Infant Potty Training–Has Anyone Tried It?

I first encountered diaper-free kids on a trip to China, where I witnessed little ones running around in split pants.  “How do parents know that they have to go?” I asked.  “Oh, they just know,” I kept hearing.  When I returned home I checked out a couple books on the subject.  Here are a few titles I found on Amazon:

Infant Potty Training: A Gentle and Primeval Method Adapted to Modern Living by Laurie Boucke

Infant Potty Basics: With or Without Diapers– The Natural Way by Laurie Boucke

The Diaper-Free Baby: The Natural Toilet Training Alternative by Christine Gross-loh

So how do parents know when their babies have to go?  They observe their children for signals and use cues  to help their babies go on a little potty rather than in a diaper.  After reading one of Laurie Boucke’s books, I vowed that one day I, too, would raise my baby diaper-free.   My main motivation was to avoid diapers altogether and save the planet.  My only problem was that I didn’t have an actual baby at the time.

A few years later, my daughter was born, and suddenly observing her signals and using cues seemed too overwhelming for me.  I am sad to report that I did not even attempt to potty train her at birth.  I still think infant potty training sounds like a great way to help out the environment.  Has anyone here given it a try?  Please post a comment–or drop us an email–and let us know how you kept your baby out of diapers!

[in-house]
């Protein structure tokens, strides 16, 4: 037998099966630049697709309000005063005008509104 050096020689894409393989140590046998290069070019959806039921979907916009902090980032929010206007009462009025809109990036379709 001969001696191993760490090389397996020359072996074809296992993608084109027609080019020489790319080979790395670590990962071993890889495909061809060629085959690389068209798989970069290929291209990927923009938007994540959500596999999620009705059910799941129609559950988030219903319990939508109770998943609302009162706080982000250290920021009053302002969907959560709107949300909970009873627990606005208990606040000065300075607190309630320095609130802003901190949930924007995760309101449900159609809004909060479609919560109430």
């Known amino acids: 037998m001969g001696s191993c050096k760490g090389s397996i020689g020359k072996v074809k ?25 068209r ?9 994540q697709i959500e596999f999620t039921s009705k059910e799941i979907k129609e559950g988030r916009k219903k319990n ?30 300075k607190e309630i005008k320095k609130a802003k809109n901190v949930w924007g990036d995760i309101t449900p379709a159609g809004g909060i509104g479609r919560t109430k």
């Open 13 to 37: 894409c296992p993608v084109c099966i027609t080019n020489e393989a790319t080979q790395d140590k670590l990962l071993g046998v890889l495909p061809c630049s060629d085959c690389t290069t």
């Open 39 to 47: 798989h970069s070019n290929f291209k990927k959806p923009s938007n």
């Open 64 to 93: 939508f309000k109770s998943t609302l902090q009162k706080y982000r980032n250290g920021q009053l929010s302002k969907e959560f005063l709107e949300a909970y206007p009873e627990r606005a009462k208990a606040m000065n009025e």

Comments

  1. Rebecca, like you I read about it and thought “this sounds like a great idea!” and had big plans to infant potty train my child. But once he came along I was tired and overwhelmed and had a hard enough time trying to figure out when he needed to eat… forget about figuring out when he needed to pee! I kept thinking I would try it when things settled down, but really with a baby and 2 stepkids at home things never settle down and I never did it.

  2. Oh man, I wish my 5-week-old was potty-trained! Heh. What a parlor trick that would be, ya know? 🙂

    So far, he just goes whenever he wants. His face doesn’t change, he doesn’t make a sound, and then he just fills his diaper noisily. I don’t know how I can see that coming.